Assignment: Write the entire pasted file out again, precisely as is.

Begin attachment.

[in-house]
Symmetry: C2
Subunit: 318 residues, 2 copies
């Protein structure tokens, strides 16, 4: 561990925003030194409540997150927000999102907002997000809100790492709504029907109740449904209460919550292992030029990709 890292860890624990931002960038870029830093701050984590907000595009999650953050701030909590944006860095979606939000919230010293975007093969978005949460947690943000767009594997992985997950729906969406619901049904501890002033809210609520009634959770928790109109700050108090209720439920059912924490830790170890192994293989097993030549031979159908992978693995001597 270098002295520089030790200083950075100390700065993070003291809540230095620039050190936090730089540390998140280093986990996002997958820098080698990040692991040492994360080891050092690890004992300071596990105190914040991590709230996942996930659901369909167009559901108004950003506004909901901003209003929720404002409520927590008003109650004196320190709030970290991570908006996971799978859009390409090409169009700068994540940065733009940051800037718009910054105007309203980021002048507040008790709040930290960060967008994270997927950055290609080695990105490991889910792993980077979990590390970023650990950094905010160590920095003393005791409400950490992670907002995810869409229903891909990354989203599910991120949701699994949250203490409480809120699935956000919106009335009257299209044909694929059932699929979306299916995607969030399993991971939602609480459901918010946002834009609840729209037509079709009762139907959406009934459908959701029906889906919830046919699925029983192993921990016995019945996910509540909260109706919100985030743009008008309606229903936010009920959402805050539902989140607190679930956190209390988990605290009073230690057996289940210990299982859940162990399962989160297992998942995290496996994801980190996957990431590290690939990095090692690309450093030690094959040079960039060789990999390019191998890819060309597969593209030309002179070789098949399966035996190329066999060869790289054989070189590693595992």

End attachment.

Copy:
[in-house]
Symmetry: C2
Subunit: 318 residues, 2 copies
């Protein structure tokens, strides 16, 4: 561990925003030194409540997150927000999102907002997000809100790492709504029907109740449904209460919550292992030029990709 890292860890624990931002960038870029830093701050984590907000595009999650953050701030909590944006860095979606939000919230010293975007093969978005949460947690943000767009594997992985997950729906969406619901049904501890002033809210609520009634959770928790109109700050108090209720439920059912924490830790170890192994293989097993030549031979159908992978693995001597 270098002295520089030790200083950075100390700065993070003291809540230095620039050190936090730089540390998140280093986990996002997958820098080698990040692991040492994360080891050092690890004992300071596990105190914040991590709230996942996930659901369909167009559901108004950003506004909901901003209003929720404002409520927590008003109650004196320190709030970290991570908006996971799978859009390409090409169009700068994540940065733009940051800037718009910054105007309203980021002048507040008790709040930290960060967008994270997927950055290609080695990105490991889910792993980077979990590390970023650990950094905010160590920095003393005791409400950490992670907002995810869409229903891909990354989203599910991120949701699994949250203490409480809120699935956000919106009335009257299209044909694929059932699929979306299916995607969030399993991971939602609480459901918010946002834009609840729209037509079709009762139907959406009934459908959701029906889906919830046919699925029983192993921990016995019945996910509540909260109706919100985030743009008008309606229903936010009920959402805050539902989140607190679930956190209390988990605290009073230690057996289940210990299982859940162990399962989160297992998942995290496996994801980190996957990431590290690939990095090692690309450093030690094959040079960039060789990999390019191998890819060309597969593209030309002179070789098949399966035996190329066999060869790289054989070189590693595992």